Archive for May, 2006

Review of Friction by Anna Tsing

May 7, 2006

Anna Tsing: Friction.

In Friction, Anna Tsing re-evaluates the now conventional readings of globalization, late capitalism with an original anthropological approach. Her innovative ethnography describes the changing landscape of the Kalimantan region of Indonesia in the past 25 years to study the kind of global connections that are being forged in this remote locality. Tsing draws on her long term fieldwork engagement to show the messy encounter of multinational mining companies, finance capital, Indonesian state corruption, activists and the changing livelihoods of indigenous communities is creating different notions about the present and the future. These happenings foreground the dynamic interplay between the local and the global, universal/particular processes that Tsing calls Friction i.e. a productive site of encounter between different forces of change, histories that come together in myriad of different articulations. Her main intervention here is not to see globalization as an abstract truth but rather to see it as a macro-social activity or a process that is based on the circulation of ideas, goods, and people. The book traces these various circulations in different directions; the conjuring the hype of gold rush in Canada, USA, to the deforestation and destruction of tropical forests in Kalimantan, to the epistemology of classification and occlusion of local knowledge in history of botany to the awkward translations in the making of environmental social movement in Indonesia.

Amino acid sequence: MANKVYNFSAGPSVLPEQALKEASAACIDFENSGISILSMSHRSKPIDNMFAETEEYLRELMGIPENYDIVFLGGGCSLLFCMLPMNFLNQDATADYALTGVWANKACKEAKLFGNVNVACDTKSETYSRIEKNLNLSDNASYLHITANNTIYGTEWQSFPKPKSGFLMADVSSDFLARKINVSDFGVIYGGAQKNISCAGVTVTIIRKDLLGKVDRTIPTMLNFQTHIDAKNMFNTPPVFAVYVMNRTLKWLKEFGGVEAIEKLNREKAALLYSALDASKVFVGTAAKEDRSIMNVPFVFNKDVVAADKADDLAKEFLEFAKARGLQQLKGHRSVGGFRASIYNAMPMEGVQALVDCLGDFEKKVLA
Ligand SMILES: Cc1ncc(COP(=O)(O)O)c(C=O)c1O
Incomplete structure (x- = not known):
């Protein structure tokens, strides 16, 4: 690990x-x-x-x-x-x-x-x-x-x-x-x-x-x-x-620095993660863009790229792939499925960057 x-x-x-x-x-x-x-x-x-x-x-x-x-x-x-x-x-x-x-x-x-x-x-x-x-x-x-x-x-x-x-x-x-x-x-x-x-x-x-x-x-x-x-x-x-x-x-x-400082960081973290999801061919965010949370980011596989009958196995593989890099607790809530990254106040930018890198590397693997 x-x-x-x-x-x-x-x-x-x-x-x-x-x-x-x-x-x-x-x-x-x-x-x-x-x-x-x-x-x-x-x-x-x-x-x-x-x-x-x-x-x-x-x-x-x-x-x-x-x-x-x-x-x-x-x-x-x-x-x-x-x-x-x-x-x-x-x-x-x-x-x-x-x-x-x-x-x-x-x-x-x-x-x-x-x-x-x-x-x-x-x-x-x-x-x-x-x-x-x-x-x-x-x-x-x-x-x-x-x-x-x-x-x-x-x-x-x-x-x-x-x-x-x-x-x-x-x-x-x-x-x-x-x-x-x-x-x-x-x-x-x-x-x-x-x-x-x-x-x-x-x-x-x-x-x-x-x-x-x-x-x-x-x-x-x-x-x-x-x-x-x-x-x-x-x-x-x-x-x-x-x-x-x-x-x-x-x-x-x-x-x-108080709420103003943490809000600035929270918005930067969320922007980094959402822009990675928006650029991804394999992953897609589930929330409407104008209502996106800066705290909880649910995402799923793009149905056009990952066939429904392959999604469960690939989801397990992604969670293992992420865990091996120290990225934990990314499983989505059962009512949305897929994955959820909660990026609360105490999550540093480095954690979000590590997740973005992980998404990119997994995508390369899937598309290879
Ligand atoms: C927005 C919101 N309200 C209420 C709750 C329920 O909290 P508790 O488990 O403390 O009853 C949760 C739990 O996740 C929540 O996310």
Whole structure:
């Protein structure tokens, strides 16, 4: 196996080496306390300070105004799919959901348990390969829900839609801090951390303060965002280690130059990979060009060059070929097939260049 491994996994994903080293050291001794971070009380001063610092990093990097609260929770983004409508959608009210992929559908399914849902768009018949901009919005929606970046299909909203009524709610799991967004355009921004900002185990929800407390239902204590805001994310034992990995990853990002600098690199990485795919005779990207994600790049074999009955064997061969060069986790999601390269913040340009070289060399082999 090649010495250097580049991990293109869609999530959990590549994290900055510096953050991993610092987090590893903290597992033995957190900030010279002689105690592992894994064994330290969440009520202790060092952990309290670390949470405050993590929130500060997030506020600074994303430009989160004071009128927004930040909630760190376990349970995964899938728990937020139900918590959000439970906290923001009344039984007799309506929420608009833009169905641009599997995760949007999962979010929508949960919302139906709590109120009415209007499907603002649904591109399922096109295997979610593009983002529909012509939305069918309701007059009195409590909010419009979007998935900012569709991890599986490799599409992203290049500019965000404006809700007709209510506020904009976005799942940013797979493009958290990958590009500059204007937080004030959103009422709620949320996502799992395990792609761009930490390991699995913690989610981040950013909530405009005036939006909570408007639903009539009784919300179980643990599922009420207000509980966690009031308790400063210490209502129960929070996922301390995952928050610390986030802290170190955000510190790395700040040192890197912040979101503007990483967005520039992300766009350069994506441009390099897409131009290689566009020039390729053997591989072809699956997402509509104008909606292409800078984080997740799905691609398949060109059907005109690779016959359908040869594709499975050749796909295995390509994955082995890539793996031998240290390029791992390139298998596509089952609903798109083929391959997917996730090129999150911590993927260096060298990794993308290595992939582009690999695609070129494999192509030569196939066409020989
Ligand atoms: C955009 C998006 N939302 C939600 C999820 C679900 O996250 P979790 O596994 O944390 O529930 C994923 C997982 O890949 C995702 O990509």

All of these things are happening on multiple scales. Here, “Global forces are congeries of local/global interaction where cultures are constantly co-produced in the constant state of interaction that Tsing calls Friction” (3). The series of dense descriptions of these changes deviate from the impact model of globality that is the penetration of capitalism and its rearrangement of local cultures in its own image. Instead, pre-existing histories, knowledge’s, conflicts reshape and refract these universal scaled processes and create a new spaces of hope/disillusion, freedom and un-freedom. However, like multi-sited ethnographies there is a shortage of a detailed engagement with a local community to get a broader sense of place and self in lieu of normative, material, cultural and symbolic change. I am also not sure if the pluralization of liberalism necessarily always proves to be subversive or not. Certainly as the civil rights movement has shown that significant cultural revolutions can take place within liberal schema of things but there is always certain enduring problems about isolation of property, class differences and other ‘otherized’ population that remain outside the ambit of rights. I will think about this point more and give more in future posts.